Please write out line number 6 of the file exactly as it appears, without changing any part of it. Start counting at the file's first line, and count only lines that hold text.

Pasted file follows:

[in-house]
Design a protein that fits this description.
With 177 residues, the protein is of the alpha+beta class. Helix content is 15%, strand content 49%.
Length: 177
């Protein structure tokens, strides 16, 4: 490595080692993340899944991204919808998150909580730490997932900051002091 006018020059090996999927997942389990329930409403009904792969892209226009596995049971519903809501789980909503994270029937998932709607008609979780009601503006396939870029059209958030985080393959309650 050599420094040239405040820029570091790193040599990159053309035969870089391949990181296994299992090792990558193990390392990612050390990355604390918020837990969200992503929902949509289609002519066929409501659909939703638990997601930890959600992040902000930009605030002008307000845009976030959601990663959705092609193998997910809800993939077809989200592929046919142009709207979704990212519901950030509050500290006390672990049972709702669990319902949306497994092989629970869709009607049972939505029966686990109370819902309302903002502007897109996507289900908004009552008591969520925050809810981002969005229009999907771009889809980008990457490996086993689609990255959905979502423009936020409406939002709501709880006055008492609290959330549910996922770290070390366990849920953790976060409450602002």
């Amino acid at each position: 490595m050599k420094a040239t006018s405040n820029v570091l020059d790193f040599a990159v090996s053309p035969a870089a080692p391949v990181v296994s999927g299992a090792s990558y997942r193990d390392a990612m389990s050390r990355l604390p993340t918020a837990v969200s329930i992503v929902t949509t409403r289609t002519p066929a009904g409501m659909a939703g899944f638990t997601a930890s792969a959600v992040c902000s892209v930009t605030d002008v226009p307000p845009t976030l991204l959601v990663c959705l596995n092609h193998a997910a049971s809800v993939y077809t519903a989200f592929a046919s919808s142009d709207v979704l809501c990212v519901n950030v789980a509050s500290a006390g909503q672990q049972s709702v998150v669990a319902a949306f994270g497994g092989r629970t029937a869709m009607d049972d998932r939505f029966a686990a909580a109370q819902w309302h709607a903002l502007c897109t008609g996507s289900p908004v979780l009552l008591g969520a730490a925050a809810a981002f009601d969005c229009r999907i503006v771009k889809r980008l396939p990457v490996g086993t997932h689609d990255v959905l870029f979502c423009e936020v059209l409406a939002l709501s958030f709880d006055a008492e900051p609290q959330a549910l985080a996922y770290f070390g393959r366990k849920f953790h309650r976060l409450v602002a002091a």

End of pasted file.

């Amino acid at each position: 490595m050599k420094a040239t006018s405040n820029v570091l020059d790193f040599a990159v090996s053309p035969a870089a080692p391949v990181v296994s999927g299992a090792s990558y997942r193990d390392a990612m389990s050390r990355l604390p993340t918020a837990v969200s329930i992503v929902t949509t409403r289609t002519p066929a009904g409501m659909a939703g899944f638990t997601a930890s792969a959600v992040c902000s892209v930009t605030d002008v226009p307000p845009t976030l991204l959601v990663c959705l596995n092609h193998a997910a049971s809800v993939y077809t519903a989200f592929a046919s919808s142009d709207v979704l809501c990212v519901n950030v789980a509050s500290a006390g909503q672990q049972s709702v998150v669990a319902a949306f994270g497994g092989r629970t029937a869709m009607d049972d998932r939505f029966a686990a909580a109370q819902w309302h709607a903002l502007c897109t008609g996507s289900p908004v979780l009552l008591g969520a730490a925050a809810a981002f009601d969005c229009r999907i503006v771009k889809r980008l396939p990457v490996g086993t997932h689609d990255v959905l870029f979502c423009e936020v059209l409406a939002l709501s958030f709880d006055a008492e900051p609290q959330a549910l985080a996922y770290f070390g393959r366990k849920f953790h309650r976060l409450v602002a002091a």